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(1) the Scottish Grand Committee shall meet at Westminster on Tuesday 10th December at half-past Ten o'clock to consider a substantive Motion for the adjournment of the Committee; and
(2) in respect of that sitting Standing Order No. 99 (Scottish Grand Committee (substantive motions for the adjournment)) shall have effect with the substitution in paragraph (2) (b) of the word 'five' for the word 'ten'.[Charlotte Atkins.]
Mr. David Amess (Southend, West): I am honoured to present a petition signed by thousands of local residents who are horrified at the prospect of an airport at Cliffe which would operate on a 24-hour basis.
The Humble Petition of concerned residents of South East Essex and surrounding areas sheweth
That the Government's proposed Cliffe Airport option appears, from the scant details so far revealed by the Government, to offer far more disadvantages than advantages to South East Essex; and that the Government has totally failed to consult fully the people of South East Essex on the question.
Wherefore your Petitioners pray that your honourable House will urge the Government to rescind its Cliffe Airport option and undertake substantial, informed and open consultation in South East Essex.
And your Petitioners, as in duty bound, will every pray, etc.
Mr. Andrew Robathan (Blaby): This is the first petition that I have presented in my 10 years in the House. It is signed by 15,767 people in my constituency and elsewhere and reflects how distressed we are about the proposal to build an airport between Rugby and Coventry. It states:
The Humble Petition from the electors of Blaby, South Leicestershire and others of like disposition sheweth
That the proposals for a new airport between Coventry and Rugby would involve the destruction of precious unspoilt countryside, rural environment and wildlife; that the airport would be built on the floodplain of the River Avon, thereby increasing the risk of flooding and would be contrary to planning advice contained in PPG25; that the costs of constructing such a new airport and associated infrastructure would be excessive; that such a large development on a greenfield site would be contrary to stated Government policy; that any such airport would be less conveniently situated for passengers than existing airports; that the construction and operation of such an airport would increase congestion on already congested motorways; that the noise and associated pollution would seriously discomfort local residents; and that the need for a new airport has not been convincingly demonstrated.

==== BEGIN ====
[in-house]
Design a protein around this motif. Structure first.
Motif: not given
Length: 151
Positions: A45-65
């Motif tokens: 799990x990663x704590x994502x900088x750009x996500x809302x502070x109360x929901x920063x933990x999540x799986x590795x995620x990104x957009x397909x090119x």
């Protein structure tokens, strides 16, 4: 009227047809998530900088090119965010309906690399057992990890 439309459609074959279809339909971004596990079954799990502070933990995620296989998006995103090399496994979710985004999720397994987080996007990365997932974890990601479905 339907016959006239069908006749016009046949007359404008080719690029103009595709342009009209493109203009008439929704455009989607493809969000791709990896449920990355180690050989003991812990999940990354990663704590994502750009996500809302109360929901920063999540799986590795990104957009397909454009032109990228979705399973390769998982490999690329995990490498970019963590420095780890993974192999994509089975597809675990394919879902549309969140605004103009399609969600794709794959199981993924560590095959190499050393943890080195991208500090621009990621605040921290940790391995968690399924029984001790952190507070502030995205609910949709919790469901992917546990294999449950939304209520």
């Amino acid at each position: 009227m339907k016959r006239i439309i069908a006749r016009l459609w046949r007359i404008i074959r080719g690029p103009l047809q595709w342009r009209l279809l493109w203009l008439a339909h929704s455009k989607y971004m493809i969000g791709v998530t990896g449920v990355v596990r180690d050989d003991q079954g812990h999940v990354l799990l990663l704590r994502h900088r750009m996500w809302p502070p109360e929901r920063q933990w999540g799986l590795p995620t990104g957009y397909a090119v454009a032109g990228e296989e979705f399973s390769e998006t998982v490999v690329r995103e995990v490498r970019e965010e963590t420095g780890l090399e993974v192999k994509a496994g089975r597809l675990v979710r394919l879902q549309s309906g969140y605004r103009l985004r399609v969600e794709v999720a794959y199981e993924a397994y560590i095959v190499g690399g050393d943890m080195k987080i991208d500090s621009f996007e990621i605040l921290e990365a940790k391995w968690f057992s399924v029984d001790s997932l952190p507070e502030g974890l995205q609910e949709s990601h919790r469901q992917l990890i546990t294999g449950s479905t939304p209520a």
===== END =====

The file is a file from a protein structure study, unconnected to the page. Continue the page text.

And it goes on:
Wherefore your Petitioners pray that your honourable House shall urge the Department for Transport to oppose any such proposals and to pursue instead the enlargement and improvement of existing airports.
And your Petitioners, as in duty bound, will ever pray, etc.
Jane Griffiths (Reading, East): I am honoured to present a petition from people living in the community served by the Christchurch road post office in Reading. They are unhappy that it closed on the retirement of the previous postmistress and that the Post Office has not followed the process set out in its urban reinvention programme to review need in the area. The petition has been signed by almost 3,000 people on the initiative of Councillor Riaz Chaudhri.
And the Petitioners remain.
My constituents have made it clear that they want and value improved local government and police services. A key part of that relies on new investment. My constituency has the worst-funded unitary education authority and my constituents have called for a fair funding system. We welcomed the review because we thought that we were bound to gain from it. Unfortunately, it has emerged that virtually every authority thought it would gain.
Imagine, then, our disappointment when we found that although almost every other one of the 40 worst-funded education authorities with which we had campaigned looked to gain from at least some aspects of the new education formula, Swindon did not gain from any of the education options put forward. It is therefore no surprise that the review team and I have received a huge number of letters about the issue from teachers and parents in Swindon. Swindon has already received more education funding under this Labour Governmentover £500 per pupil per year. However, teachers make it clear to me that extra funds are needed and would be well used to extend students' opportunities and to raise standards. Similarly, it is clear that we need more funds for social services.
On all funding methods I urge the Government to give more details on how changes will take place. They have said that no authority will get less grant next year, but it is not clear whether that is in real or cash terms. The Government have also promised that, as the new system is implemented, no authority's schools will lose out, so schools simply need clarification about the period of implementation. However, for other services, and authorities overall, including police authorities, the position needs to be clarified.